Free shipping is a tremendous challenge for ecommerce retailers, particularly in auto parts. Consumers expect shipping to be free when ordering online, and will often leave a website that doesn’t offer it. But shipping costs are substantial, particularly for auto parts and accessories (which tend to be heavy and/or bulky).
It’s a catch-22: Offer free shipping, and profits go out the window. Charge for shipping, and consumers buy elsewhere. What’s an etailer to do?
Free Shipping Is An Industry Problem
A recent article on FastCompany.com delved into the challenge that many retailers face. Titled “Free Shipping Is A Lie,” the article is a must read for anyone in the ecommerce business.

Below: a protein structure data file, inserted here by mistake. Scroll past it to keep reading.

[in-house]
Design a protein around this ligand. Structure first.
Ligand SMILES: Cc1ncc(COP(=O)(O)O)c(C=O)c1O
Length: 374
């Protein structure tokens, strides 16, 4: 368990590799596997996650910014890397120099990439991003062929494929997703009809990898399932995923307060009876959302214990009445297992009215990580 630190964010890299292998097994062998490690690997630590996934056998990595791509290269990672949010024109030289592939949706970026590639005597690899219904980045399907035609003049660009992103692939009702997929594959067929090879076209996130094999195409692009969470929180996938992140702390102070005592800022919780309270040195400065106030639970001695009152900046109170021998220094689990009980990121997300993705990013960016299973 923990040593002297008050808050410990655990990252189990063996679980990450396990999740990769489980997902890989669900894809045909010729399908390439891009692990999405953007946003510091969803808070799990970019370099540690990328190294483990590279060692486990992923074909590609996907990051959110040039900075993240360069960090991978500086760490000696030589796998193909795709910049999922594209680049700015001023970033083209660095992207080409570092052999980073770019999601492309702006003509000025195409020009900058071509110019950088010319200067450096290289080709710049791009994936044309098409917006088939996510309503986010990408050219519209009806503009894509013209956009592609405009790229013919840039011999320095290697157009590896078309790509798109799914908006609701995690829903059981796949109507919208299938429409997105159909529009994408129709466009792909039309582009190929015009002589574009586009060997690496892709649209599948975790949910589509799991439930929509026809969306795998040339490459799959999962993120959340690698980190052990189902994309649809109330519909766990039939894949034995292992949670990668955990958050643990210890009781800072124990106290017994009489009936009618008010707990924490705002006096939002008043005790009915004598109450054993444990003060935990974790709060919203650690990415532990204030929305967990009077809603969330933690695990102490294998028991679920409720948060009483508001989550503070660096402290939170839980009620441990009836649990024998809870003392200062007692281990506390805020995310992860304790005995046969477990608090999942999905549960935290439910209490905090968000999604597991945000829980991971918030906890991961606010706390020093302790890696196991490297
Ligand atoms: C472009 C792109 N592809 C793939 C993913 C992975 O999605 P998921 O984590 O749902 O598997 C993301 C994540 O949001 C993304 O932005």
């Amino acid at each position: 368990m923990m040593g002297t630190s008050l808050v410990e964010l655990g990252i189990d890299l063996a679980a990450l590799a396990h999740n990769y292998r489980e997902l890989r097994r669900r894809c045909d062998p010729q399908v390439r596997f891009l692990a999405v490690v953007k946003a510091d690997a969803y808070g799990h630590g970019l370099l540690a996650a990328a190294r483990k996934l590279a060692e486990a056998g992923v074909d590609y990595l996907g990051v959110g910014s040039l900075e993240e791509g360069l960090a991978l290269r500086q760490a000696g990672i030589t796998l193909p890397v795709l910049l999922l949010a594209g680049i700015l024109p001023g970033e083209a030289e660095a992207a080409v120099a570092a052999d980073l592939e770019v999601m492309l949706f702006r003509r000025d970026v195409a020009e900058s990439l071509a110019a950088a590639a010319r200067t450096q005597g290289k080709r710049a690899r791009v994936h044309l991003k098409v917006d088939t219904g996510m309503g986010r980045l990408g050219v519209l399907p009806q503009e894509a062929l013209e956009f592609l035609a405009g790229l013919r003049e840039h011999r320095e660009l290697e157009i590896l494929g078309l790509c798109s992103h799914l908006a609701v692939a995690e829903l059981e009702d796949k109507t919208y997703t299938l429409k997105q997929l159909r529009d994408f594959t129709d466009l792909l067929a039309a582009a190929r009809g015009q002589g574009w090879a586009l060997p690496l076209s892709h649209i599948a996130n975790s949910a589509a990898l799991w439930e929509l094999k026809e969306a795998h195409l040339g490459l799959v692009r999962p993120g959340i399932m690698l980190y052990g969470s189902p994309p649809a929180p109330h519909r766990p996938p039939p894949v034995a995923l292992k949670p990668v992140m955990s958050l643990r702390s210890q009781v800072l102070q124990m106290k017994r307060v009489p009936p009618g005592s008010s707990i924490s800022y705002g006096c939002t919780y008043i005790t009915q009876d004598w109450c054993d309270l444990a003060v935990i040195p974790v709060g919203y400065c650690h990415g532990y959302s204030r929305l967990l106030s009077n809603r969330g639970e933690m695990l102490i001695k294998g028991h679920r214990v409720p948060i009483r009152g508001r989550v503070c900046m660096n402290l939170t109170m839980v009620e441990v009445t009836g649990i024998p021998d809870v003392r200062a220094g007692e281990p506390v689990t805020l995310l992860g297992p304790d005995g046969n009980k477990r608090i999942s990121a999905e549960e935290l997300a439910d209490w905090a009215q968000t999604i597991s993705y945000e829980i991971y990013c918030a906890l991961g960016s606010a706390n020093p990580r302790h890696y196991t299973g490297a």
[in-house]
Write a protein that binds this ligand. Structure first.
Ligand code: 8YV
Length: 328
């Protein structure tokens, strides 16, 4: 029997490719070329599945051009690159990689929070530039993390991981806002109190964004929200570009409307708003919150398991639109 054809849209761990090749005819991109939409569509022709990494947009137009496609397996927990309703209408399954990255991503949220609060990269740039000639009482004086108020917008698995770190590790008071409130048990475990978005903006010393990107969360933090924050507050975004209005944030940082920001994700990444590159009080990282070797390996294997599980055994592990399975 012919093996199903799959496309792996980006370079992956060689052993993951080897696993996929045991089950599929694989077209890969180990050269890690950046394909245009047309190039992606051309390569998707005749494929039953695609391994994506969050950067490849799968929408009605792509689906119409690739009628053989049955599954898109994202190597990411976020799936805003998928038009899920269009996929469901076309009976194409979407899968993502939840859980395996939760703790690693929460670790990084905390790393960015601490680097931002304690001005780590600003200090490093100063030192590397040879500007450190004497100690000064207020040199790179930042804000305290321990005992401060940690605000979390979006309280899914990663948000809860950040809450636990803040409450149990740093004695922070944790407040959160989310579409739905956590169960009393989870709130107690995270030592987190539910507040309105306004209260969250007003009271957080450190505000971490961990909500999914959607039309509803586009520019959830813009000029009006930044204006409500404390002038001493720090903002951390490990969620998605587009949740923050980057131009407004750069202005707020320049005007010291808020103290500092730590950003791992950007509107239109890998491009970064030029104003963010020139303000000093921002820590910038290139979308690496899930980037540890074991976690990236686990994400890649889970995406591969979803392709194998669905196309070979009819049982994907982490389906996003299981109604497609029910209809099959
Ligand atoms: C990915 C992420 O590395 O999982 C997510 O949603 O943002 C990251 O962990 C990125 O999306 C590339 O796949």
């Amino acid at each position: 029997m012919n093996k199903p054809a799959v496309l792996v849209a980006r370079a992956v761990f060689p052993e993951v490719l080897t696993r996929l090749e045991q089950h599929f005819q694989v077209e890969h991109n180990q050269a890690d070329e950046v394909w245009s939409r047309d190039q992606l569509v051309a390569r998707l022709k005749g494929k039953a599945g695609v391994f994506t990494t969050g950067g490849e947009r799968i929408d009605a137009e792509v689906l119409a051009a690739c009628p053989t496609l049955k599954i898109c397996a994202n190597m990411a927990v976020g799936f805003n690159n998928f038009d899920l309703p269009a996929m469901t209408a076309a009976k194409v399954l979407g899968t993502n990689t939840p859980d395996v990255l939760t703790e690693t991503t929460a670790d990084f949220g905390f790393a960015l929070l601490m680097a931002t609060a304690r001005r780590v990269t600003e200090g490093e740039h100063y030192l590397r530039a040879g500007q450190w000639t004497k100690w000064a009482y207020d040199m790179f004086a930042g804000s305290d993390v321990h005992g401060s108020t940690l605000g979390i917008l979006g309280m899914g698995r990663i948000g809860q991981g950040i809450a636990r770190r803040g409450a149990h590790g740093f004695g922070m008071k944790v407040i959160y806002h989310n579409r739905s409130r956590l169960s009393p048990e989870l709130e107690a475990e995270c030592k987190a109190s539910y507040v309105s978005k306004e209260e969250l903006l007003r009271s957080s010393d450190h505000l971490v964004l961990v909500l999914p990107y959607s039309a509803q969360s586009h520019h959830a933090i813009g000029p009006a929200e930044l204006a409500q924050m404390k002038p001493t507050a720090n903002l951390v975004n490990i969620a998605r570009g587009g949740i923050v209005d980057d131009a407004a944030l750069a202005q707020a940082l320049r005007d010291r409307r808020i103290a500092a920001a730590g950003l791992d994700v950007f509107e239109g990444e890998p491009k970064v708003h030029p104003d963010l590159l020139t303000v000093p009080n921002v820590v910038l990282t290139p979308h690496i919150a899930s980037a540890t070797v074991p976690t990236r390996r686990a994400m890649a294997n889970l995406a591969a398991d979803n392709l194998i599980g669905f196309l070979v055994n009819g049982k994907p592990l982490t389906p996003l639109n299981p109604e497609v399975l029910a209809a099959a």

One of the key points in the article is that all etailers struggle with shipping costs:
- Amazon.com, which enjoys deeply discounted rates on shipping, is losing billions of dollars a year on shipping. The company only charges consumers for 55% of what they spend on shipping. This practice of undercharging cost Amazon $5 billion in 2015.
- Larger “big box” retailers have found that it costs three times as much to ship inventory to a customer’s door than to a retail store. Yet, these retailers sell products for the exact same price in stores and online. This means they’re losing money.
- Startup online retailers often need to be backed by venture capital in order to overcome the high cost of providing free shipping…these businesses literally can’t afford to offer free shipping until they reach high volumes of sales.